T1 - Novice drivers' individual trajectories of driver behavior over the first three years of driving

AU - Roman, Gabriela D.

AU - Poulter, Damian

AU - Barker, Edward

AU - McKenna, Frank P.

AU - Rowe, Richard

PY - 2015/6/11

Y1 - 2015/6/11

N2 - Identifying the changes in driving behavior that underlie the decrease in crash risk over the first few months of driving is key to efforts to reduce injury and fatality risk in novice drivers. This study represented a secondary data analysis of 1148 drivers who participated in the UK Cohort II study. The Driver Behavior Questionnaire was completed at 6 months and 1, 2 and 3 years after licensure. Linear latent growth models indicated significant increases across development in all four dimensions of aberrant driving behavior under scrutiny: aggressive violations, ordinary violations, errors and slips. Unconditional and conditional latent growth class analyses showed that the observed heterogeneity in individual trajectories was explained by the presence of multiple homogeneous groups of drivers, each exhibiting specific trajectories of aberrant driver behavior. Initial levels of aberrant driver behavior were important in identifying sub-groups of drivers. All classes showed positive slopes; there was no evidence of a group of drivers whose aberrant behavior decreased over time that might explain the decrease in crash involvement observed over this period. Male gender and younger age predicted membership of trajectories with higher levels of aberrant behavior. These findings highlight the importance of early intervention for improving road safety. We discuss the implications of our findings for understanding the behavioral underpinnings of the decrease in crash involvement observed in the early months of driving.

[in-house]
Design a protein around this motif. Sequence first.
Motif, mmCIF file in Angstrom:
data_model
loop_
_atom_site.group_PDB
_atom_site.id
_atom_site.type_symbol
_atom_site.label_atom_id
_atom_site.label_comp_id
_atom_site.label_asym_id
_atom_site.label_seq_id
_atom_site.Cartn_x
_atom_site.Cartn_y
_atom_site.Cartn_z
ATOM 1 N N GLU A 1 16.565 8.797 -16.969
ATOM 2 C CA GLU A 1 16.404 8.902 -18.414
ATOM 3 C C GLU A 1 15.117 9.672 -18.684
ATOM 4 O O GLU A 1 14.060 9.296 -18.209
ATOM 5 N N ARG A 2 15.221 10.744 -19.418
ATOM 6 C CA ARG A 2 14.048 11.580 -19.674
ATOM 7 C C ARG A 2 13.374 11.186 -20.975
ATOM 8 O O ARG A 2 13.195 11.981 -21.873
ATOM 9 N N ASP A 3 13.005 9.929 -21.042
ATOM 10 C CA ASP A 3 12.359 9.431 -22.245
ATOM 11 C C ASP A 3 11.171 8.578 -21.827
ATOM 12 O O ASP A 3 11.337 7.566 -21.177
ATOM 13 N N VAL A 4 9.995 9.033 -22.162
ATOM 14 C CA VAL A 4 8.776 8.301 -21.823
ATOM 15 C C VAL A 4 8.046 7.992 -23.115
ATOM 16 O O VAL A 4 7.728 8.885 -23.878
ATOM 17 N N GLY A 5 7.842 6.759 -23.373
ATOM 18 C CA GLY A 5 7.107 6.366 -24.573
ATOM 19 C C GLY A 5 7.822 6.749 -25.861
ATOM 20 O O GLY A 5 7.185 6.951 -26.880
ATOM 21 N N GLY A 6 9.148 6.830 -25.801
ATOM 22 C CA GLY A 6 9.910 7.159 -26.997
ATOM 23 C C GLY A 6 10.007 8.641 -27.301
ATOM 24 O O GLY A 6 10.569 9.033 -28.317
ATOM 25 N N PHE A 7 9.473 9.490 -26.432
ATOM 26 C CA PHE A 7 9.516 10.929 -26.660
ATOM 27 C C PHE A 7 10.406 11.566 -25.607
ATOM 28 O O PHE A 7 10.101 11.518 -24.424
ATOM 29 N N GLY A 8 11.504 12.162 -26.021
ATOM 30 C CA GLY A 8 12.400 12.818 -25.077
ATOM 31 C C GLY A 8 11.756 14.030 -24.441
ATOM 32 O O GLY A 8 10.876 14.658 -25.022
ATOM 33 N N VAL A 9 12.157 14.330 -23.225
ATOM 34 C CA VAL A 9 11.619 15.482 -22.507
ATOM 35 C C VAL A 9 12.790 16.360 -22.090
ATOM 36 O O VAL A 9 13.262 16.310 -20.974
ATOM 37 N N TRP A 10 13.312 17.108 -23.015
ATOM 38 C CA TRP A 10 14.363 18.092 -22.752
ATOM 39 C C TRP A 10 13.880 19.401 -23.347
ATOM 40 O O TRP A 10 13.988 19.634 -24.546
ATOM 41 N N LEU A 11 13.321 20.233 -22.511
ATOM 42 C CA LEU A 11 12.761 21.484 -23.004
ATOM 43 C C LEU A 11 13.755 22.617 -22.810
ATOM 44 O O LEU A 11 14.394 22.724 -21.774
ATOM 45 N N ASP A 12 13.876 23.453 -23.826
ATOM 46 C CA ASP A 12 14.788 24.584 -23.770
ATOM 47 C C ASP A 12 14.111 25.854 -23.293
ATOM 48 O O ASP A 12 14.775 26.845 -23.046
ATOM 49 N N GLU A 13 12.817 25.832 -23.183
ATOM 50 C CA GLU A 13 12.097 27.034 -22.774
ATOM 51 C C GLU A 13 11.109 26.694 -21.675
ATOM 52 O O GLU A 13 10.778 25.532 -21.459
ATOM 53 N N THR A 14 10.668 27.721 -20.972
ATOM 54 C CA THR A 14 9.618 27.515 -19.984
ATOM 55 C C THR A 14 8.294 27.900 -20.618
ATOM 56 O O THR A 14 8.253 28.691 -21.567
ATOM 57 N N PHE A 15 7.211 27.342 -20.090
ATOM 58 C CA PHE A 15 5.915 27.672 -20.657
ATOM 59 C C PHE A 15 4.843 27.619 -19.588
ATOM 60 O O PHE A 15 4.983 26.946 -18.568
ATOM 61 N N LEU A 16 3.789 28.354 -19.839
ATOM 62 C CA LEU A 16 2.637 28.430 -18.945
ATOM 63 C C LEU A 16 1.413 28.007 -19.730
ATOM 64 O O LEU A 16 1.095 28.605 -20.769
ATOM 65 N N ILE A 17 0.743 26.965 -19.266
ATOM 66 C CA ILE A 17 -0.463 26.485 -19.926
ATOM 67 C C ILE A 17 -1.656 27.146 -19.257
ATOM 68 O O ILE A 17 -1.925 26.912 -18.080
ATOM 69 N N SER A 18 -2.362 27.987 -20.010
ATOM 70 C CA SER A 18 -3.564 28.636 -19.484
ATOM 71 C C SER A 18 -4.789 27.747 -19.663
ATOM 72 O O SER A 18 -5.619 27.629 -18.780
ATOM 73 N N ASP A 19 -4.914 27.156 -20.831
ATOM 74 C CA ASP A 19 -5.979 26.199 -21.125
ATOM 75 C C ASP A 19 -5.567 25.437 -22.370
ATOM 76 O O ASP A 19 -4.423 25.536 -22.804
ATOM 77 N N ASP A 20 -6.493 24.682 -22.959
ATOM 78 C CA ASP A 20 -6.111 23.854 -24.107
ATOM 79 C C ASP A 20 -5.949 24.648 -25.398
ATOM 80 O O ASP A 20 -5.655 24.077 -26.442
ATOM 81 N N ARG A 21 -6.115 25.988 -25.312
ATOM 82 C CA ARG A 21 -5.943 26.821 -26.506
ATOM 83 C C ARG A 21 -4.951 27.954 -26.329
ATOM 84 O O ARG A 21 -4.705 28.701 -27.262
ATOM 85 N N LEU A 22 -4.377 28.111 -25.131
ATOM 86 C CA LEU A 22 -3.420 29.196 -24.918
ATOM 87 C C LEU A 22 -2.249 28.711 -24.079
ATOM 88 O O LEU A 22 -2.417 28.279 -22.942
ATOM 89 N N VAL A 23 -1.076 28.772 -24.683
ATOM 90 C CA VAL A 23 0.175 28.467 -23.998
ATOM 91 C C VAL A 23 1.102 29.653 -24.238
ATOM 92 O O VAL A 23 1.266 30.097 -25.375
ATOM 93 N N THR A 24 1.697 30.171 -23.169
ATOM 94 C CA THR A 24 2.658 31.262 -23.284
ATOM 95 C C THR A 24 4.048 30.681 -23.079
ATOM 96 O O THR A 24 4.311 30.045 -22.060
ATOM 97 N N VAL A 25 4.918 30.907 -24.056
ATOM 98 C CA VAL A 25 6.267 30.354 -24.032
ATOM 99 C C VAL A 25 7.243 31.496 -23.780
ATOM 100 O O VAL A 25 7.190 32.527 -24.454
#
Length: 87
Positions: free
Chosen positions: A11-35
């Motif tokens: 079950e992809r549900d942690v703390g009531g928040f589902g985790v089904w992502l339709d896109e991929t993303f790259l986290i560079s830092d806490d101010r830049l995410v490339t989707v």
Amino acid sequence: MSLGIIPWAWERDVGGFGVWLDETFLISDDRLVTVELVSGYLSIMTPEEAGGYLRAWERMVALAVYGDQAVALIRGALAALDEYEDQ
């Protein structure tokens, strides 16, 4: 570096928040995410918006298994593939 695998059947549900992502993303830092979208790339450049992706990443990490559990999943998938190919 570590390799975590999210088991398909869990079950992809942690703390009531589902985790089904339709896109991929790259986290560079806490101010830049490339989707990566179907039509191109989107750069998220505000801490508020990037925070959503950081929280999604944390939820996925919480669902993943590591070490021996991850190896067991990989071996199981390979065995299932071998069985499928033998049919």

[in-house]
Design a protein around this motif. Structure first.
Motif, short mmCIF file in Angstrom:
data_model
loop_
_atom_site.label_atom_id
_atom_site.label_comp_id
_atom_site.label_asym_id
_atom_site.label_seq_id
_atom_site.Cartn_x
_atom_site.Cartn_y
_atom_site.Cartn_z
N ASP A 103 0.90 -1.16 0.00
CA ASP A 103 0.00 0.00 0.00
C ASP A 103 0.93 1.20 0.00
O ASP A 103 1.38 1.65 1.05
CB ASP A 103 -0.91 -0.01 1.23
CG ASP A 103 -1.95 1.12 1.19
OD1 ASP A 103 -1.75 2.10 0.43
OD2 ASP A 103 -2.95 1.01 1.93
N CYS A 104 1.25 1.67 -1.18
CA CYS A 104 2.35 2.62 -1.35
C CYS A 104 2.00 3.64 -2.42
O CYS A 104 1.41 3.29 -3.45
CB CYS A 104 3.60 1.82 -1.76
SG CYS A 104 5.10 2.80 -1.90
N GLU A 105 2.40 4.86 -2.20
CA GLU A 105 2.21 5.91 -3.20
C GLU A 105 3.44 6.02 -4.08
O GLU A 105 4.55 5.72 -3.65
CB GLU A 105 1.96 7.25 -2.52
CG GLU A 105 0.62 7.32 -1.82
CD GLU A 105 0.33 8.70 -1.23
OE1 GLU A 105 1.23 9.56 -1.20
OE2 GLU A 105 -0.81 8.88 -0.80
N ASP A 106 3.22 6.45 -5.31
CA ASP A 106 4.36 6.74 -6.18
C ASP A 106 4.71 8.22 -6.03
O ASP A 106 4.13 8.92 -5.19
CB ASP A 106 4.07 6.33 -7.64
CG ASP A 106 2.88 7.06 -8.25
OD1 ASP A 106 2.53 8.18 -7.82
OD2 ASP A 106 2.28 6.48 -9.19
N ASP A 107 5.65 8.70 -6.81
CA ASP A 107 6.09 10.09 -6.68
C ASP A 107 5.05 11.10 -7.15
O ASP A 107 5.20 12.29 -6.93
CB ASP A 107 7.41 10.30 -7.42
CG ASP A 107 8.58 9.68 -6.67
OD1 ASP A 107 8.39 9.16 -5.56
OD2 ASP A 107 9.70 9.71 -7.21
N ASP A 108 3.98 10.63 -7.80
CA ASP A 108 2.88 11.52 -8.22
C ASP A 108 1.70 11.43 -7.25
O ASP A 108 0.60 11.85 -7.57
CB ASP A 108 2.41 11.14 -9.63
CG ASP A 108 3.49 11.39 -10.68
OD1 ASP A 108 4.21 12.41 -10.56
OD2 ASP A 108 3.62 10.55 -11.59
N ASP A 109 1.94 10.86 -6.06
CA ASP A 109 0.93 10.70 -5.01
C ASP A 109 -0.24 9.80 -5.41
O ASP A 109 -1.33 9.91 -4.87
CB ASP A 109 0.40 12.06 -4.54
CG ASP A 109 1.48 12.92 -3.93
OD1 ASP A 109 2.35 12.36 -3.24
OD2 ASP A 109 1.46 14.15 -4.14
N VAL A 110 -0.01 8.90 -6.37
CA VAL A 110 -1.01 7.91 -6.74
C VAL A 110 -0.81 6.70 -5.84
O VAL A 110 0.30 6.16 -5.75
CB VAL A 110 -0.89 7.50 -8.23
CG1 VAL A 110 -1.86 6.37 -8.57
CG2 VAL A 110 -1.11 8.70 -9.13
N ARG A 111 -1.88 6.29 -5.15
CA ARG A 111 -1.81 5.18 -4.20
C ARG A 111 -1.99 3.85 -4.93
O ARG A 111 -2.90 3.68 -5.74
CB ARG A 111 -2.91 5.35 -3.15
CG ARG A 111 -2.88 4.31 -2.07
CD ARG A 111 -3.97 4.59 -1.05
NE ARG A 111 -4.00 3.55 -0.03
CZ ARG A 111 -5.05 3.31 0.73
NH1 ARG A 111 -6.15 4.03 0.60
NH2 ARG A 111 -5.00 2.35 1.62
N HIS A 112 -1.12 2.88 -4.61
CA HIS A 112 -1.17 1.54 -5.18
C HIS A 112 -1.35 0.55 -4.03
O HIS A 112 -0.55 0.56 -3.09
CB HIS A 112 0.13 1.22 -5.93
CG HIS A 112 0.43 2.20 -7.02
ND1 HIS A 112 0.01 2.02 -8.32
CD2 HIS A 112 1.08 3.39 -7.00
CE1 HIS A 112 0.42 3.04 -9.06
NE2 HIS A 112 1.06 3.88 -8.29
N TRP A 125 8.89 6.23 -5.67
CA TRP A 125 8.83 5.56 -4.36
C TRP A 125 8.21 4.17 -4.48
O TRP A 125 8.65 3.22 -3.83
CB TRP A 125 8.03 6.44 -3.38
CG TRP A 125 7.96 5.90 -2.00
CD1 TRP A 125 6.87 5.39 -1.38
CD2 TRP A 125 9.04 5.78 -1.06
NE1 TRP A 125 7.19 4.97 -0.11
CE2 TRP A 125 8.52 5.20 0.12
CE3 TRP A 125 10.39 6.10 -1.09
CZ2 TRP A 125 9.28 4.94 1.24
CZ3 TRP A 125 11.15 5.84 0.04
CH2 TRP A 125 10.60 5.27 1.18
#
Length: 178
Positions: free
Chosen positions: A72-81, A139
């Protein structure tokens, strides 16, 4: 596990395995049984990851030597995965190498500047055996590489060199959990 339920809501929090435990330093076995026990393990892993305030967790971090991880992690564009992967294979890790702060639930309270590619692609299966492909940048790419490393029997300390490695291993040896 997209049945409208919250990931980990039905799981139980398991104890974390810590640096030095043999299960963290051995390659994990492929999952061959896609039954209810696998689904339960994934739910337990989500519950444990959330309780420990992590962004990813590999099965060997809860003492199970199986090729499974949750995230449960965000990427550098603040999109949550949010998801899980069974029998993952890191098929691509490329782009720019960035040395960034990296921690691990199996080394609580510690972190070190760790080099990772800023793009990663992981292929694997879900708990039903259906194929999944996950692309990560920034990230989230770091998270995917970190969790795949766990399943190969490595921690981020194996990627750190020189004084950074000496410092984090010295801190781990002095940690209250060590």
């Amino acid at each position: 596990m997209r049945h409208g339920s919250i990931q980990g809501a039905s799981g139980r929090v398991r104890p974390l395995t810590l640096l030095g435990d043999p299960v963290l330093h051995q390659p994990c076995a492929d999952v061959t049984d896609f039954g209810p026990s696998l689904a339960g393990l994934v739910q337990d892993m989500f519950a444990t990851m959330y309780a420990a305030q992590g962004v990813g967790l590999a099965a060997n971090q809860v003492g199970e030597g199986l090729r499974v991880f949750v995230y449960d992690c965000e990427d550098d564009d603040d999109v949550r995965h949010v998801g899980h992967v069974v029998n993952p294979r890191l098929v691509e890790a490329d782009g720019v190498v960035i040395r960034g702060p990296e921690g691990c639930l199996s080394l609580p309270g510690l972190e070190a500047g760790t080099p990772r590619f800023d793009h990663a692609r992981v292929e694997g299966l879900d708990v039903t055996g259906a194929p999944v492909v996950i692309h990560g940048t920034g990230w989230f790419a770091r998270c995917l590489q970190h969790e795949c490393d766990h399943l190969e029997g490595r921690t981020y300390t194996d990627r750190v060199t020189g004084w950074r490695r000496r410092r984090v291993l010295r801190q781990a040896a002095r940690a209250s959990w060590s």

AB - Identifying the changes in driving behavior that underlie the decrease in crash risk over the first few months of driving is key to efforts to reduce injury and fatality risk in novice drivers. This study represented a secondary data analysis of 1148 drivers who participated in the UK Cohort II study. The Driver Behavior Questionnaire was completed at 6 months and 1, 2 and 3 years after licensure. Linear latent growth models indicated significant increases across development in all four dimensions of aberrant driving behavior under scrutiny: aggressive violations, ordinary violations, errors and slips. Unconditional and conditional latent growth class analyses showed that the observed heterogeneity in individual trajectories was explained by the presence of multiple homogeneous groups of drivers, each exhibiting specific trajectories of aberrant driver behavior. Initial levels of aberrant driver behavior were important in identifying sub-groups of drivers. All classes showed positive slopes; there was no evidence of a group of drivers whose aberrant behavior decreased over time that might explain the decrease in crash involvement observed over this period. Male gender and younger age predicted membership of trajectories with higher levels of aberrant behavior. These findings highlight the importance of early intervention for improving road safety. We discuss the implications of our findings for understanding the behavioral underpinnings of the decrease in crash involvement observed in the early months of driving.

KW - Driver Behavior Questionnaire

KW - Latent growth class analysis

KW - Longitudinal measurement invariance

KW - Novice drivers

UR - http://www.scopus.com/inward/record.url?scp=84930674702&partnerID=8YFLogxK

U2 - 10.1016/j.aap.2015.05.012

DO - 10.1016/j.aap.2015.05.012

M3 - Article

AN - SCOPUS:84930674702

VL - 82

SP - 61

EP - 69

JO - Accident Analysis and Prevention

JF - Accident Analysis and Prevention

SN - 0001-4575

ER -